Summary of Decision on Facts, Determination, Disciplinary Action and Costs
Called to the Bar: August 5, 1987
Discipline hearing: June 21, 2016
Panel: Elizabeth Rowbotham, Chair, Jasmin Ahmad and Robert Smith
Decision issued: September 2, 2016 (2016 LSBC 30)
Counsel: Carolyn Gulabsingh for the Law Society; Henry Wood, QC for Shirley Chu
In the course of investigating a complaint against Shirley Chu, the Law Society sent a letter to her on November 9, 2015 and requested a written response.
Chu did not respond, and the Law Society sent a follow-up letter on December 2, 2015 asking that she provide all requested material by December 16. The Law Society also reminded Chu of her obligation to reply promptly and completely and advised that her failure to respond may be referred to the Discipline Committee.
Chu emailed a legal assistant at the Law Society on December 10, 2015 stating she would respond to the request the following week. She did not do so.
A Law Society staff lawyer left Chu a voicemail message on December 17, 2015 asking her to return the call. Chu contacted the legal assistant the following day, who advised her to contact the staff lawyer on the next business day regarding the extension request.
The staff lawyer left voicemail messages on December 22 and December 24, 2015 asking Chu to return her calls. She did not do so.
The Law Society sent Chu a letter dated December 24, 2015, which asked her to respond fully by January 7, 2016 and stated that, if she did not do so, the matter would be referred to the Discipline Committee. Chu did not provide a written response by the deadline, and a citation was authorized and issued on January 14 and 19, 2016.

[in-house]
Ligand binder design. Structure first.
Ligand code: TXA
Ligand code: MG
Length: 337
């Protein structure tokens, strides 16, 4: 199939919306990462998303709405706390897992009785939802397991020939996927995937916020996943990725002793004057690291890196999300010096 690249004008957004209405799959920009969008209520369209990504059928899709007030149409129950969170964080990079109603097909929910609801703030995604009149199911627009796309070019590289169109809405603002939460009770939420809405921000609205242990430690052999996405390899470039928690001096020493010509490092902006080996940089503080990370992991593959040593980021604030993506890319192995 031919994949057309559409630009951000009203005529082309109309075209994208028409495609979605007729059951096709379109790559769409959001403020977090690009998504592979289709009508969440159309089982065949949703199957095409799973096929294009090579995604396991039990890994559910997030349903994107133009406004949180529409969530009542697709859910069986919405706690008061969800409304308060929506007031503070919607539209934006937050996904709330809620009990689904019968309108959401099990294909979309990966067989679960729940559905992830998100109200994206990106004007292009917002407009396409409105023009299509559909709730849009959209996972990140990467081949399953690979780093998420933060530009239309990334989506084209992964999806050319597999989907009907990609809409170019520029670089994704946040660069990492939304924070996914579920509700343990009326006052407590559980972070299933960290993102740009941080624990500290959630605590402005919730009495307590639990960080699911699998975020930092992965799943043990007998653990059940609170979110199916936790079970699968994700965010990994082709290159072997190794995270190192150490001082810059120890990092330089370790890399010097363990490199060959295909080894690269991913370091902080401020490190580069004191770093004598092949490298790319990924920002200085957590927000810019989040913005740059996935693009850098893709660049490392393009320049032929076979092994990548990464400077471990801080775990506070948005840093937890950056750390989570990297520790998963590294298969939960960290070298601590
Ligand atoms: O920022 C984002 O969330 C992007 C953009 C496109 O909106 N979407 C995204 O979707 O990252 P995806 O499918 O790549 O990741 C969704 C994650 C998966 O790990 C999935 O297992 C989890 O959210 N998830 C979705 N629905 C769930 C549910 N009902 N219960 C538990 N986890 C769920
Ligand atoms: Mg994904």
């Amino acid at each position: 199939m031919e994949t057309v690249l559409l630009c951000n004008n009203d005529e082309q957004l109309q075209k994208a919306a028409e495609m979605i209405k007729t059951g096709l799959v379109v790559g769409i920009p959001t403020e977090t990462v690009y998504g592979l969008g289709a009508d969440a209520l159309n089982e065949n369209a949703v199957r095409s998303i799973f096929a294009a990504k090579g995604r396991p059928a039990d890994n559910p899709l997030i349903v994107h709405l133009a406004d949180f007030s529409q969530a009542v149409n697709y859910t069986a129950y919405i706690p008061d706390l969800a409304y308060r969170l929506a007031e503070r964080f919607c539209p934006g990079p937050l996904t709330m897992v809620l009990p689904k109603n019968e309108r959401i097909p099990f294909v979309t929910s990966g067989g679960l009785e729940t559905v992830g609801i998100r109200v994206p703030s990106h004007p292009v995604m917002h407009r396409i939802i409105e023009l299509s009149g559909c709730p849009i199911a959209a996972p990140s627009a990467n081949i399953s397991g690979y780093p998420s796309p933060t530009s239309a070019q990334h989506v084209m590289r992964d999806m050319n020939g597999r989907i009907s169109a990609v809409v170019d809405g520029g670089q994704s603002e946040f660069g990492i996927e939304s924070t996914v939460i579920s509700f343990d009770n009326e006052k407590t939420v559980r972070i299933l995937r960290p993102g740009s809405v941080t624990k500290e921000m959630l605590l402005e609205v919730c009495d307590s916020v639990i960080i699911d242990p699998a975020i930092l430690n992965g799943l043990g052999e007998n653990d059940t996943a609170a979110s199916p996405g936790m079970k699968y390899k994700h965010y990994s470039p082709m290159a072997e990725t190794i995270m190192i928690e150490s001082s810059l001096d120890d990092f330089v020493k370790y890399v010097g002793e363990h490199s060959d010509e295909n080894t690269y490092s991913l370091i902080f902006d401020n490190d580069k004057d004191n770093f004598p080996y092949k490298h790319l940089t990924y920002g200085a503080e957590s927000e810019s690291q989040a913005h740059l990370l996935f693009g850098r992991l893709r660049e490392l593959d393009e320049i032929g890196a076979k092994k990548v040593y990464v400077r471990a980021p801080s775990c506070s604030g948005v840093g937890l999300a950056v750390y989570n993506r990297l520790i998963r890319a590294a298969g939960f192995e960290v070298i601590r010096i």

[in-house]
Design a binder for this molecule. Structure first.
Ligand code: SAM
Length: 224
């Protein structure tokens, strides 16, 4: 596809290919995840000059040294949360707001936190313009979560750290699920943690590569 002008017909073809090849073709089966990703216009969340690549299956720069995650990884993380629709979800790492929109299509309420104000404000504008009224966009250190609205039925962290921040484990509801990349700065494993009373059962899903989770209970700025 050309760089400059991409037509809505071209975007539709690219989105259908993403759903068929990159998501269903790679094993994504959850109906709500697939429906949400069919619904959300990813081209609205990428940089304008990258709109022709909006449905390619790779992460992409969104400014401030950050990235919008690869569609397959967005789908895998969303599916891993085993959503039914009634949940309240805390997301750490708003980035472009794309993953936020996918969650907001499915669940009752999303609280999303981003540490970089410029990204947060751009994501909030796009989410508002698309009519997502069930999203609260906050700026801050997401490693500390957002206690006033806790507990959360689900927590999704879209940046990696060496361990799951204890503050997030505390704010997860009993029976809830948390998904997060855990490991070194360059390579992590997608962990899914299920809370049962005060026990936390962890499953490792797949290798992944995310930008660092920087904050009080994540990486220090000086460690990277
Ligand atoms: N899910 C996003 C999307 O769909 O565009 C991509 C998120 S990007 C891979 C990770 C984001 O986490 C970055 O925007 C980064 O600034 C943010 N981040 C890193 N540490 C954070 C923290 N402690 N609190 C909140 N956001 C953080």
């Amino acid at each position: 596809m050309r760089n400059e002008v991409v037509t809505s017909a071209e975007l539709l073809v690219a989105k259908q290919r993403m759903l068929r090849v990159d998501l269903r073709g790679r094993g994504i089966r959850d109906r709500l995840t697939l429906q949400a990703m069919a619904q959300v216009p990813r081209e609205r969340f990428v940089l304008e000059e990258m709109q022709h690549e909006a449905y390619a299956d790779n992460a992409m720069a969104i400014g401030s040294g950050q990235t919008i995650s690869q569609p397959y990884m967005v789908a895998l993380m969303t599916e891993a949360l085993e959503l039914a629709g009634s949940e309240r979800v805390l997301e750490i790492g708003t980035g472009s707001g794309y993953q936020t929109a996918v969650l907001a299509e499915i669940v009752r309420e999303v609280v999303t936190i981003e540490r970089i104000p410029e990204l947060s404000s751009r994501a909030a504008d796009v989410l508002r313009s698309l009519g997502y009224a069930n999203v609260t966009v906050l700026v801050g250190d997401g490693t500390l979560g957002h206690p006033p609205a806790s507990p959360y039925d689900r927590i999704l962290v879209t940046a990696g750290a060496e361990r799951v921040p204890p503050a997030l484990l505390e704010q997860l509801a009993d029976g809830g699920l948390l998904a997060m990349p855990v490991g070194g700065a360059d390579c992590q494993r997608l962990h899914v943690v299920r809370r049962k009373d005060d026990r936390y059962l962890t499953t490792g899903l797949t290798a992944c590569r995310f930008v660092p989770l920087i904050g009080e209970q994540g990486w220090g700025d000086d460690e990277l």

On April 19, 2016, Chu provided a substantive response to the Law Society as originally requested.
Chu testified that her initial failure to respond to the Law Society’s request was due to her immediate professional commitments to her clients. For the seven months prior to the request for a written response sent on November 9, 2015, Chu cooperated fully with the investigation and maintained open communication. After that date, substantive communication from Chu effectively ceased. The panel found that the circumstances of the failure to respond were not sufficient to rebut the prima facie evidence of misconduct. Chu admitted her conduct constituted professional misconduct.
The panel concluded that her failure to respond was a marked departure from the conduct the Law Society expects of lawyers and determined Chu committed professional misconduct.
The panel considered the context in which the failure took place and the subsequent delivery of her full response. It also considered her professional conduct record and her forthrightness at the hearing.
The panel ordered that Chu pay:
- a fine of $2,000; and
- costs of $1,276.79.